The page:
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A Structure of Antipathy

Constructing the Villain in Narrative Film

Jens Kjeldgaard-Christiansen

, a necessary condition of villainy. We see this if we compare the narrative functions of antagonists such as Godzilla from the eponymous film franchise or the Frankenstein's monster of the 1931 Universal Pictures classic Frankenstein (directed by

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Antagonistic Insights

Evolving Soviet Atheist Critiques of Religion and Why They Matter for Anthropology

Sonja Luehrmann

This article offers a critique of the common notion in contemporary anthropology that a positive attitude toward the people under study is a necessary precondition for a sophisticated understanding of their social world. The empirical sociology of religion that evolved during the last decades of the Soviet Union's existence started from the premise that religion was a harmful phenomenon slated for disappearance. Nonetheless, atheist sociologists produced increasingly complex accounts of religious life in modern socialist societies. Their ideological framework simultaneously constrained Soviet scholars and forced them to pay closer attention to religious phenomena that contradicted political expectations. Drawing on this extreme example of militant atheist scholarship, I argue that studying 'repugnant cultural others' always requires some form of affective motivation. Antagonism can be as powerful, and as problematic, a motivating force as empathetic suspension of judgment.

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Violence and Identification

Everyday Ethnic Identity in Bosnia and Herzegovina

Torsten Kolind

-cut. Therefore, I will examine how the Muslims of Stolac, when identifying themselves as Muslims, often refrained from exclusive ethnic antagonistic identifications, but instead highlighted coexistence and interethnic respect, which constitute patterns of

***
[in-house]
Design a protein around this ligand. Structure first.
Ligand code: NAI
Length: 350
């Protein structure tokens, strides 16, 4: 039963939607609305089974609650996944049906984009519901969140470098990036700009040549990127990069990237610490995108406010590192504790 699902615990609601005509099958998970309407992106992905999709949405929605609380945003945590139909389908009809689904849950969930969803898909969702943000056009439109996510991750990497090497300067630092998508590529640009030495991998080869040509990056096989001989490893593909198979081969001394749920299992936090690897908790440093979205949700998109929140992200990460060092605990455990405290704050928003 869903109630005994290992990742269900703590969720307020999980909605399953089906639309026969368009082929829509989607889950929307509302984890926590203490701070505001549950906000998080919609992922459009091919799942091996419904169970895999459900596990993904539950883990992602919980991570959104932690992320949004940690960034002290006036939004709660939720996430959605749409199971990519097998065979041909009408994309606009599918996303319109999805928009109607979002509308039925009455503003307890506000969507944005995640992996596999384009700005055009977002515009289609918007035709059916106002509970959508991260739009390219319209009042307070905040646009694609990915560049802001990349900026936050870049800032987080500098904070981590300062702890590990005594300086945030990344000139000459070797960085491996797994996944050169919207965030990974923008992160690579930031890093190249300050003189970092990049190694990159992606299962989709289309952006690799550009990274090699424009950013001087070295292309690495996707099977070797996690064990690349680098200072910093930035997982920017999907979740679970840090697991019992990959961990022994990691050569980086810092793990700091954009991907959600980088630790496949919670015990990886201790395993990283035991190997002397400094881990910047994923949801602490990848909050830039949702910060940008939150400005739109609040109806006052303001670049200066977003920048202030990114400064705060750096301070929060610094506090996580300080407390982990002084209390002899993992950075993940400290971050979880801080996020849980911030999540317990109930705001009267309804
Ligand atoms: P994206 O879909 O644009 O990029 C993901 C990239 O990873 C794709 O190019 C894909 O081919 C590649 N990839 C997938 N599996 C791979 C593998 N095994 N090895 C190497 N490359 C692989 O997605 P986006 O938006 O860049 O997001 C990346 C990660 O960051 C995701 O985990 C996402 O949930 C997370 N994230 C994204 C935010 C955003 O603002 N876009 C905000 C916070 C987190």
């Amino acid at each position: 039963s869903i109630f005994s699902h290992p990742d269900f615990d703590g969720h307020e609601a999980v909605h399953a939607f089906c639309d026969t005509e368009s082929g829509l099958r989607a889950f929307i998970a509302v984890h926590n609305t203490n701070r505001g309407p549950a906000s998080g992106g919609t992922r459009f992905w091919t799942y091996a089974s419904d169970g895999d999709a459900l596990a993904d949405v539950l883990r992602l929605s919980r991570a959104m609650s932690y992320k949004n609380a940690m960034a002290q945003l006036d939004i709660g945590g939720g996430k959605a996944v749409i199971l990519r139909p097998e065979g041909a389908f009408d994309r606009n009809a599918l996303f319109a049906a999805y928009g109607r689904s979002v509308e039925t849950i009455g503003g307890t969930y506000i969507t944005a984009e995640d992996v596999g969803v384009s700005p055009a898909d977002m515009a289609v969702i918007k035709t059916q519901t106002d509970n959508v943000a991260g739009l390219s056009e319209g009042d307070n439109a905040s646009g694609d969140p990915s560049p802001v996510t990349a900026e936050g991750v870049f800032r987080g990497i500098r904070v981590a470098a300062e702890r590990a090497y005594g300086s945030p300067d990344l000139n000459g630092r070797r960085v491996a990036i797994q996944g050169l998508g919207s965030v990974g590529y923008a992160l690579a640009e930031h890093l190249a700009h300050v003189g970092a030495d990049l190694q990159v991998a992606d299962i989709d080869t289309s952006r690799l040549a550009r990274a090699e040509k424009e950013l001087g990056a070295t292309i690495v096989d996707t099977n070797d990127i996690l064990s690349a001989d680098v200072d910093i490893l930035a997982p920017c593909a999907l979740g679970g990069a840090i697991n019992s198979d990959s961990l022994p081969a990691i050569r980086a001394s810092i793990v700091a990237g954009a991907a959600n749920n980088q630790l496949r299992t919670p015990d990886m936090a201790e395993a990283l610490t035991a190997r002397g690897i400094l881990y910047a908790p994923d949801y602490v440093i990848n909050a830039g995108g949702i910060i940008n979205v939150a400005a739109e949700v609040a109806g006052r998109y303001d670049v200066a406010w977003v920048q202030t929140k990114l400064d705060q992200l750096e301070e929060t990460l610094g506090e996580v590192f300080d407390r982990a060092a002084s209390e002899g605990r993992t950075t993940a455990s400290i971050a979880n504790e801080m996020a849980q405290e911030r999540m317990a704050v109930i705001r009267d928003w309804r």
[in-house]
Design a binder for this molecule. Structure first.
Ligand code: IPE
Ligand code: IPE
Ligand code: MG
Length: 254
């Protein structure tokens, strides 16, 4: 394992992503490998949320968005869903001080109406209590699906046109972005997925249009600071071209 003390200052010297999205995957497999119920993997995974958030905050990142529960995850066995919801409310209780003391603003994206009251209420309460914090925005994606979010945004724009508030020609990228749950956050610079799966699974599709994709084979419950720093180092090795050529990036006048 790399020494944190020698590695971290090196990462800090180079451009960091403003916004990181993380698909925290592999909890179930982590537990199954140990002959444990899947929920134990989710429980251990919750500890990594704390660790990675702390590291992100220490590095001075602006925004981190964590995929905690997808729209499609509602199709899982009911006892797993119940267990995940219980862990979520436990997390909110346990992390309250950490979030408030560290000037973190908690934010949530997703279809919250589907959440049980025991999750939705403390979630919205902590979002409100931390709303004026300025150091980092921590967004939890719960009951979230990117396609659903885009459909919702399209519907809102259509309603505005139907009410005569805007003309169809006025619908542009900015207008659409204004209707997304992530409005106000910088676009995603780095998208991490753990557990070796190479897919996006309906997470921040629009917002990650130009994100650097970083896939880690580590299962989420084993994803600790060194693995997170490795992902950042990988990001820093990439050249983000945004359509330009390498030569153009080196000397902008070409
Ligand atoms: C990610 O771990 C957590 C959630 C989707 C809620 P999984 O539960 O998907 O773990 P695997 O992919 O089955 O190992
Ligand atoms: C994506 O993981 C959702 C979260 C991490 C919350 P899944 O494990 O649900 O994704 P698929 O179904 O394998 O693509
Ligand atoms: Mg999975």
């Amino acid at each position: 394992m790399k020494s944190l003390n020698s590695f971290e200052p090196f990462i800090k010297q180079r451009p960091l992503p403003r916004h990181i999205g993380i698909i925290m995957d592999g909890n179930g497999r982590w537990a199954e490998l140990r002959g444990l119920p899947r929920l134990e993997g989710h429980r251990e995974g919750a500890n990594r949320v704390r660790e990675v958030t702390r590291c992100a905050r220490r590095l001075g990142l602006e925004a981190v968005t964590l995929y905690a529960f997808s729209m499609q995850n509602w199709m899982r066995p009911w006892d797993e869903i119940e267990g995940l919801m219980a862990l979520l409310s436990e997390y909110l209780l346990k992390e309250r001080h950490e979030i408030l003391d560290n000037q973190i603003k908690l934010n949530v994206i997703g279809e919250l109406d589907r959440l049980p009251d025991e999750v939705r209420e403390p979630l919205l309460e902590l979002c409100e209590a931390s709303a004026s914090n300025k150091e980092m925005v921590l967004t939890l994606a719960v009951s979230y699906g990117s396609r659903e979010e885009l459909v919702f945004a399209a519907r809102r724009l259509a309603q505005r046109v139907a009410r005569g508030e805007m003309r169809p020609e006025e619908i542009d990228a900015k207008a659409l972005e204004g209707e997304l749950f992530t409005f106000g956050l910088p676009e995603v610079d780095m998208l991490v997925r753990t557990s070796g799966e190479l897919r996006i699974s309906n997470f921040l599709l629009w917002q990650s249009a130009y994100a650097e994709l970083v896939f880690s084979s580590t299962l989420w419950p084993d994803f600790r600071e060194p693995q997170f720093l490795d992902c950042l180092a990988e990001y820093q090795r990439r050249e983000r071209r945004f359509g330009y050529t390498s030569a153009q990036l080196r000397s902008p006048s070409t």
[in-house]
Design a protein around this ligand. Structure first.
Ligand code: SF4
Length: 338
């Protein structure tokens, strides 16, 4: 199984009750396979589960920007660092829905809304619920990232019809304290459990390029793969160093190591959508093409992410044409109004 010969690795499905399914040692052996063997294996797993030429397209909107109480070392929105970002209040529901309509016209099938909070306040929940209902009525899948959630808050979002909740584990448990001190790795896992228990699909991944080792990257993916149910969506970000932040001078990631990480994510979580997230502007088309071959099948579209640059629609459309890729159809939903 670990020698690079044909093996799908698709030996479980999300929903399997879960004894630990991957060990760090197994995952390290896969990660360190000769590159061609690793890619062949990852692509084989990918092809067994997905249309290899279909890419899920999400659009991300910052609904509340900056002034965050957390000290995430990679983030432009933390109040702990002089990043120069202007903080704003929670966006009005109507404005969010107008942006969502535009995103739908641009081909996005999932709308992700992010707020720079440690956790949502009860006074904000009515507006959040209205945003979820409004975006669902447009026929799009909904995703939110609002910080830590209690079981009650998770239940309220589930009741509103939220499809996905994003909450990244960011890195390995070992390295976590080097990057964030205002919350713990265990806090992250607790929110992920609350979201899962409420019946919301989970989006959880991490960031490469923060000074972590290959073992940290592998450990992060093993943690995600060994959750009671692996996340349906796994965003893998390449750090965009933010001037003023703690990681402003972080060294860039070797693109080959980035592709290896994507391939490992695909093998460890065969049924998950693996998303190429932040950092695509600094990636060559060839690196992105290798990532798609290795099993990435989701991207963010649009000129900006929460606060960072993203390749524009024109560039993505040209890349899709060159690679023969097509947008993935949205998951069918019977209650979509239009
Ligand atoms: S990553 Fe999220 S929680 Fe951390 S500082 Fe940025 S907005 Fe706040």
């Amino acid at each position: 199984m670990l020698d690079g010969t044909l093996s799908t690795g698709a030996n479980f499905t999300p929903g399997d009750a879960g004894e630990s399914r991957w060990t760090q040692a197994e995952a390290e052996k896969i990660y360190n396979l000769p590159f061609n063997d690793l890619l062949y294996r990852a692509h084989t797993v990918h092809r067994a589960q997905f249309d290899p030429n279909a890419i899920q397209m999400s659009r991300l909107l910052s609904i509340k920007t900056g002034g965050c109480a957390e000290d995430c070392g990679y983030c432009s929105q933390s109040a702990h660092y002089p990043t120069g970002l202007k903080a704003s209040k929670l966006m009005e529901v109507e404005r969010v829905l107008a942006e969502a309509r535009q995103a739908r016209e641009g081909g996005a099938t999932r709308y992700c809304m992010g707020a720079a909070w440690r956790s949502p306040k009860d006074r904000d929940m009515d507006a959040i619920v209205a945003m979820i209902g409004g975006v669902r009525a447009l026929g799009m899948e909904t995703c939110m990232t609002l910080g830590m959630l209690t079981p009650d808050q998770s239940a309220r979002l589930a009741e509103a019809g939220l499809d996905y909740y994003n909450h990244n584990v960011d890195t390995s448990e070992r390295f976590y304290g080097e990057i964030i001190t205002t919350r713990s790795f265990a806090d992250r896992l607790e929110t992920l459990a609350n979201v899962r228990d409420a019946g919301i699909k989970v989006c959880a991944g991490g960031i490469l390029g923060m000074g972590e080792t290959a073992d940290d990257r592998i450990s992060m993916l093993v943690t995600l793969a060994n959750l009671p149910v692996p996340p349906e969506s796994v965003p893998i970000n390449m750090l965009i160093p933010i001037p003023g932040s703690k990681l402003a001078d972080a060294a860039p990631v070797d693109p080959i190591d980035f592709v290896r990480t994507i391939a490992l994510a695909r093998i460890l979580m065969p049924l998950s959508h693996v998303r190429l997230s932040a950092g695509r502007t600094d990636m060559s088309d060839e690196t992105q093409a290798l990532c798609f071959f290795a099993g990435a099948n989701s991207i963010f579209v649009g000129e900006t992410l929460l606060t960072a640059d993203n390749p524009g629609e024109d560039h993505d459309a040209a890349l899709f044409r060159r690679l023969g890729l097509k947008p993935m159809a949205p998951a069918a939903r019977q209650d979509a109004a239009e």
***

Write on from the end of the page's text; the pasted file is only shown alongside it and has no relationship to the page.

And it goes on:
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The Gods of the Hunt

Stereotypes, Risk and National Identity in a Spanish Enclave in North Africa

Brian Campbell

’ emerges as a bloodthirsty antagonist – in clerical and stately texts, and in popular tales and ballads – in the final stages of the Reconquista. This form changes little over the next three centuries, as Barbary pirates repeatedly scourge Spain’s shores

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Philip J. Hohle

distinction, monstrous qualities can be placed upon almost anyone considered an antagonist while the favored characters can be perceived as simply human. 14 In UF , the sheriff Little Bill is commonly perceived as the antagonist. As a result of a brutal

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Matthew C. Eshleman and Ronald E. Santoni

Can violence ever be justified or is violence necessarily oppressive? Is self-defensive counter-violence or “revolutionary violence” aimed at human liberation, which Sartre defended, necessarily in bad faith? These questions form the crux of the debate between Matt Eshleman and Ronald Santoni. Is violence by nature Manichean, making the Other into an “object” and evil antagonist, and thus dehumanizing and oppressing the Other? Or can violence be liberatory when it is directed at oppressors? Both authors—but especially Eshleman, and Santoni reluctantly—agree that some forms of violence (such as self-defense) do not involve bad faith, but disagree about whether or when revolutionary violence can be justified.

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Mark Meyers